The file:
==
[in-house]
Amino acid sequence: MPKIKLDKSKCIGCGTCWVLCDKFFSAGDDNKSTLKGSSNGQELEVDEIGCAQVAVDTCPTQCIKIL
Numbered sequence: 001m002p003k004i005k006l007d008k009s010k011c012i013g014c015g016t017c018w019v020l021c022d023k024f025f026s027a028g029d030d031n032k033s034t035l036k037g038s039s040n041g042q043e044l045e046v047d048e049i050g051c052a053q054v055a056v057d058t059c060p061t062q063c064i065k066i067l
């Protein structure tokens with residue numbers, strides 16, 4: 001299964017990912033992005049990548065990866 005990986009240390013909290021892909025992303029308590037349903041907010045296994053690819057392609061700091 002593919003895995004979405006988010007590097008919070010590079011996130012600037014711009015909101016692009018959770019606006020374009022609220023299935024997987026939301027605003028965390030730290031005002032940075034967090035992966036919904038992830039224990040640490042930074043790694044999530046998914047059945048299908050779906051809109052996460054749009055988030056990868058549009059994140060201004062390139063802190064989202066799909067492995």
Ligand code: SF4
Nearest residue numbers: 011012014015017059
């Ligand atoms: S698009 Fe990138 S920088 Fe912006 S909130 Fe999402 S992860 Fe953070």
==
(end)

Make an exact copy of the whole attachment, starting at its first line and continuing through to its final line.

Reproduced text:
[in-house]
Amino acid sequence: MPKIKLDKSKCIGCGTCWVLCDKFFSAGDDNKSTLKGSSNGQELEVDEIGCAQVAVDTCPTQCIKIL
Numbered sequence: 001m002p003k004i005k006l007d008k009s010k011c012i013g014c015g016t017c018w019v020l021c022d023k024f025f026s027a028g029d030d031n032k033s034t035l036k037g038s039s040n041g042q043e044l045e046v047d048e049i050g051c052a053q054v055a056v057d058t059c060p061t062q063c064i065k066i067l
């Protein structure tokens with residue numbers, strides 16, 4: 001299964017990912033992005049990548065990866 005990986009240390013909290021892909025992303029308590037349903041907010045296994053690819057392609061700091 002593919003895995004979405006988010007590097008919070010590079011996130012600037014711009015909101016692009018959770019606006020374009022609220023299935024997987026939301027605003028965390030730290031005002032940075034967090035992966036919904038992830039224990040640490042930074043790694044999530046998914047059945048299908050779906051809109052996460054749009055988030056990868058549009059994140060201004062390139063802190064989202066799909067492995």
Ligand code: SF4
Nearest residue numbers: 011012014015017059
């Ligand atoms: S698009 Fe990138 S920088 Fe912006 S909130 Fe999402 S992860 Fe953070």